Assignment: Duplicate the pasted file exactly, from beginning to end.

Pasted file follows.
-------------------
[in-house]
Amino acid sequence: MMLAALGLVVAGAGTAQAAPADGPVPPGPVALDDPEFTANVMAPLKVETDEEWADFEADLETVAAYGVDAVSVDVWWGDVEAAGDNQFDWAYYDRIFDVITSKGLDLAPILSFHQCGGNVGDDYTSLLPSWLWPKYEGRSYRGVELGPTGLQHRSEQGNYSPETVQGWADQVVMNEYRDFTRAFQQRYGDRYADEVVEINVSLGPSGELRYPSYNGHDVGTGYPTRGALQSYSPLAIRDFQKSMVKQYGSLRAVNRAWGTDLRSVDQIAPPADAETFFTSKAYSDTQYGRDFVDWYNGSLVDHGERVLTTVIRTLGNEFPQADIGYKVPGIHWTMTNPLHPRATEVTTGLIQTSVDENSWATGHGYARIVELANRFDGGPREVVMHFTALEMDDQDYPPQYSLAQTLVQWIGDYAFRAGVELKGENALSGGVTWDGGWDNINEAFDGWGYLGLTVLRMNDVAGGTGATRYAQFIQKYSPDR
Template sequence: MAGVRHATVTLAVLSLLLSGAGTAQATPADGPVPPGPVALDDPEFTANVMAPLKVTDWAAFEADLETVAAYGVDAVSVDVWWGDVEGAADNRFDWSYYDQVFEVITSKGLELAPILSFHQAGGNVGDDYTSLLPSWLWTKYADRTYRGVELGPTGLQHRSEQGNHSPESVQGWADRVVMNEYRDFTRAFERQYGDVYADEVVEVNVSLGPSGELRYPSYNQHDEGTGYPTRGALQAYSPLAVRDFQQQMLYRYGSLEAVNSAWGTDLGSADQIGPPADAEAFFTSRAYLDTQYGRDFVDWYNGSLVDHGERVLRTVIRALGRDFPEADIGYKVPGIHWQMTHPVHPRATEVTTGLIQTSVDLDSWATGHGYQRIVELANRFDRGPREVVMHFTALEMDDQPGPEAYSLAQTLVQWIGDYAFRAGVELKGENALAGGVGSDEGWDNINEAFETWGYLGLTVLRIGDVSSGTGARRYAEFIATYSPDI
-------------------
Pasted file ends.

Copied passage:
[in-house]
Amino acid sequence: MMLAALGLVVAGAGTAQAAPADGPVPPGPVALDDPEFTANVMAPLKVETDEEWADFEADLETVAAYGVDAVSVDVWWGDVEAAGDNQFDWAYYDRIFDVITSKGLDLAPILSFHQCGGNVGDDYTSLLPSWLWPKYEGRSYRGVELGPTGLQHRSEQGNYSPETVQGWADQVVMNEYRDFTRAFQQRYGDRYADEVVEINVSLGPSGELRYPSYNGHDVGTGYPTRGALQSYSPLAIRDFQKSMVKQYGSLRAVNRAWGTDLRSVDQIAPPADAETFFTSKAYSDTQYGRDFVDWYNGSLVDHGERVLTTVIRTLGNEFPQADIGYKVPGIHWTMTNPLHPRATEVTTGLIQTSVDENSWATGHGYARIVELANRFDGGPREVVMHFTALEMDDQDYPPQYSLAQTLVQWIGDYAFRAGVELKGENALSGGVTWDGGWDNINEAFDGWGYLGLTVLRMNDVAGGTGATRYAQFIQKYSPDR
Template sequence: MAGVRHATVTLAVLSLLLSGAGTAQATPADGPVPPGPVALDDPEFTANVMAPLKVTDWAAFEADLETVAAYGVDAVSVDVWWGDVEGAADNRFDWSYYDQVFEVITSKGLELAPILSFHQAGGNVGDDYTSLLPSWLWTKYADRTYRGVELGPTGLQHRSEQGNHSPESVQGWADRVVMNEYRDFTRAFERQYGDVYADEVVEVNVSLGPSGELRYPSYNQHDEGTGYPTRGALQAYSPLAVRDFQQQMLYRYGSLEAVNSAWGTDLGSADQIGPPADAEAFFTSRAYLDTQYGRDFVDWYNGSLVDHGERVLRTVIRALGRDFPEADIGYKVPGIHWQMTHPVHPRATEVTTGLIQTSVDLDSWATGHGYQRIVELANRFDRGPREVVMHFTALEMDDQPGPEAYSLAQTLVQWIGDYAFRAGVELKGENALAGGVGSDEGWDNINEAFETWGYLGLTVLRIGDVSSGTGARRYAEFIATYSPDI